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The Landscape


The landscape, which a thousand years ago belonged to the Vikings, is not similar to the landscape we see today. The peasant houses were spread in the landscape and it wasn´t until around the year 1000 that they were organized in the villages we know from the Middle Ages.

The wheel plough gains a footing by the end of the Viking Age, which in turn becomes significant for the way the fields were shaped.

The forest was dense even in areas, which today are open areas. Wetlands and lakes were more numerous than today. With such cultivation landscape there was, apart from agriculture, a significant livestock

The population must have been spread all over the landscape. However, with a significant concentration by the coasts.

About the spits in the sound (Øresund=The Sound. Ør=spit)
The name Øresund has been known since the Viking Age; the sound with the many spits (ør). One of theses spits was “Halør”. “Halør” was according to the so-called Færingsaga one of the biggest marketplaces in the North. In the year 1196 a meeting is mentioned between Nothern men, “on the spit they formed a party….”
The word ”ør” probably means a tongue of land. This is quite consistent with all the places along the Sound coasts, which have this name. Furthest in the south Falsterbonæs protrudes as a marked peninsula in the Sound. The oldest built-up area in this area is found on the north part of the peninsula in “Skanør”. Towards the end of the 12th century a small Christian chapel was built in connection with the beginning of the establishing of the herring fishery. The name Skanør was probably invented then. The meaning of the prefix “Skan” is not clear. Some think that the word is to be interpreted “Magpie (skade) islands”, others that the meaning is “Skandia´s ør”.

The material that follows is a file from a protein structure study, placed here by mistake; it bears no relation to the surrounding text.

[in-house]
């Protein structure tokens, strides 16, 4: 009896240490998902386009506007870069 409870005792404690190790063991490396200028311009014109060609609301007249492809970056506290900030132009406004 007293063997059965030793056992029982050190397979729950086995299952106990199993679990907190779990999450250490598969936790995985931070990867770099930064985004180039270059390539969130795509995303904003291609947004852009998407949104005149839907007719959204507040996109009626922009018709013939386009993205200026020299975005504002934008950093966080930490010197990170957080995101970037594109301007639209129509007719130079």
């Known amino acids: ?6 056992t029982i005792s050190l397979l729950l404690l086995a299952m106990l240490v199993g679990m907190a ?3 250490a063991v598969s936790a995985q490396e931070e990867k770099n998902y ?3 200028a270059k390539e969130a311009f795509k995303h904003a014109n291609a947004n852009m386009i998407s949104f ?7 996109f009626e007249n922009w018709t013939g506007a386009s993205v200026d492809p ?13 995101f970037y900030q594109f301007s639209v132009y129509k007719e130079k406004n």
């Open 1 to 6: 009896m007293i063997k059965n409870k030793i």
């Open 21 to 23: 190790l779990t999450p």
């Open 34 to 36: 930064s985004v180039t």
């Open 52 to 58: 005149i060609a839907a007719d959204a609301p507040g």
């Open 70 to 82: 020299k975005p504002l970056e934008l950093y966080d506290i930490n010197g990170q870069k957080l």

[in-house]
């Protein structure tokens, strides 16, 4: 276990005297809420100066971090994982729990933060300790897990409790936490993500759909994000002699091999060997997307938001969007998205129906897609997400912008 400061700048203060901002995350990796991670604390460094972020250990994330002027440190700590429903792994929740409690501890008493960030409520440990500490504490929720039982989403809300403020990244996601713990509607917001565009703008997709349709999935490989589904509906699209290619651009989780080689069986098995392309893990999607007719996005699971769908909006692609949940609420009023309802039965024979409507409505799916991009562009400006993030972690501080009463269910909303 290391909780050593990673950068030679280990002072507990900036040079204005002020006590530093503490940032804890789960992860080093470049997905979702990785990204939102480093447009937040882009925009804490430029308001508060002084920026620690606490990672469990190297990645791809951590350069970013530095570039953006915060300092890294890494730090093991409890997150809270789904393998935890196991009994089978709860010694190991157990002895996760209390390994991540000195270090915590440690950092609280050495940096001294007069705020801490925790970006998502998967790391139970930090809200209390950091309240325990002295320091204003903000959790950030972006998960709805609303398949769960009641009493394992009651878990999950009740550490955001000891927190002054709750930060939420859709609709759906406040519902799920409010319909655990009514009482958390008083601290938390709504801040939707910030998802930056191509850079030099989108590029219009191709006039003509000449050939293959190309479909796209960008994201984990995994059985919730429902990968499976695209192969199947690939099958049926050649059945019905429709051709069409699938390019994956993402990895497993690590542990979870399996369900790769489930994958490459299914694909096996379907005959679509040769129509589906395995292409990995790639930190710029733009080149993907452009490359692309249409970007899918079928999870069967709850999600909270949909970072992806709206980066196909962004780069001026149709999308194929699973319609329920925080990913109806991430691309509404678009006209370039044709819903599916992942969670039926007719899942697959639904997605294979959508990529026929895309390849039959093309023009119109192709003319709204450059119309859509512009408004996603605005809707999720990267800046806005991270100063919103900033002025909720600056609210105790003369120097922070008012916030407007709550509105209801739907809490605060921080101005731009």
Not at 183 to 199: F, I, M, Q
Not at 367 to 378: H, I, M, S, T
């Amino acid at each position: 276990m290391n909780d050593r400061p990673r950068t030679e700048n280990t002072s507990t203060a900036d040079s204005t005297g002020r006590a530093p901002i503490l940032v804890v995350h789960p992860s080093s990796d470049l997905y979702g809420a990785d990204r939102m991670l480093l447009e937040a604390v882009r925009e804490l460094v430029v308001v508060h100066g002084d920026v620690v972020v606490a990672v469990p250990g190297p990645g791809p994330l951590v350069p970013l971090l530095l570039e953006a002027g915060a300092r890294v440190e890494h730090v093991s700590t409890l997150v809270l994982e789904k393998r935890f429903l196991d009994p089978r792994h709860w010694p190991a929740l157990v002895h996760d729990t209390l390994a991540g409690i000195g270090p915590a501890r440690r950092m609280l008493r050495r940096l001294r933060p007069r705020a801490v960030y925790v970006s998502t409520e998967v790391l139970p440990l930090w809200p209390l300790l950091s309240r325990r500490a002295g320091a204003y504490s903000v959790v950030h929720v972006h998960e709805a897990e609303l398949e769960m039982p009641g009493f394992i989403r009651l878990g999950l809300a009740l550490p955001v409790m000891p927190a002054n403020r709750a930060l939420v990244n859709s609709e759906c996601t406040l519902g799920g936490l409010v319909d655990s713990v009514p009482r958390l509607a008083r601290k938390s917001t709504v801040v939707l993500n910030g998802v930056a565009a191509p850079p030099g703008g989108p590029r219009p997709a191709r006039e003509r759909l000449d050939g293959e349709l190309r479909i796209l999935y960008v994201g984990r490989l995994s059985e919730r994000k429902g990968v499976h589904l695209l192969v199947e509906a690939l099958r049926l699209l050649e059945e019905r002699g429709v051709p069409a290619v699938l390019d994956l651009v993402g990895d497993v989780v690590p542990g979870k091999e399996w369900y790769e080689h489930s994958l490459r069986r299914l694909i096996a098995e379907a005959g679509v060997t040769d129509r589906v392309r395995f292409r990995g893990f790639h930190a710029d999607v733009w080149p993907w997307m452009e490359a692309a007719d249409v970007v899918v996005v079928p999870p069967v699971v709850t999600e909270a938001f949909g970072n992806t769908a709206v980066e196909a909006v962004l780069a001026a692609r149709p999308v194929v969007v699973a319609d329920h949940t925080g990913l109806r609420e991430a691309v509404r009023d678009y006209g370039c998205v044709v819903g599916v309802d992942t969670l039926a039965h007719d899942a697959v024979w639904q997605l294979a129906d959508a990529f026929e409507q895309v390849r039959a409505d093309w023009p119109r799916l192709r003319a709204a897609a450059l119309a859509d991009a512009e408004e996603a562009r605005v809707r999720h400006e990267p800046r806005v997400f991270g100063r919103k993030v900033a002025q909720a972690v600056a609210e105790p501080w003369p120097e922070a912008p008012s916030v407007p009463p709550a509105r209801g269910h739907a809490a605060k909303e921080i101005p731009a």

Before the market places were established in Skanør there was a large market place nearby, at “Halør”. This one is mentioned in the Icelandic saga material first in connection with the visit of Harald Bluetooth before 986. “Halør” has been the name of the tongue of land, which is situated between Höllviken and Foteviken.
The Sound Bridge is a few miles further north. Its Scanian territory is mentioned as late as the 18th century as “Stenøren”. The place is the furthermost spot on the spit, which goes out the Sound. On the Danish side facing this place is “Dragør”. This town with its “ør” name dates back to the 13th century.
The town Landskrona is founded in the beginning of the 15th century, but Saxo Grammaticus mentions the place in the end of the 12th century as ”Landora”. This can probably be interpreted as a Latin version of ”Landör”. The area appropriately forms a large tongue of land into the Sound.
The town ”Elsinore” (Helsingør) can be dated back to the 13th century. Like the other ”ør” places along the Sound coast, this also is places on a tongue of land, the first of many ”ør”, which seamen from the north had to pass, when they traversed the Sound.
Aerial Photo
Aerial Photo

The Wet Areas
The areas on both sides of the Sound have changed character completely since the Viking Ages. It is not possible to acquire knowledge of how nature looked in this area a thousand years ago. The impact of man has completely changed this environment.
A journey a mere two hundred years back in time would make it difficult for us to recognize the landscape. The characteristic yellow summer fields, which is caused by the rape, was only sparsely cultivated. The colour scale, which the cultivation causes was not as intensive at the time. The biggest noticeable difference during this journey in time, however, would be the relation, field versus wet areas and meadows.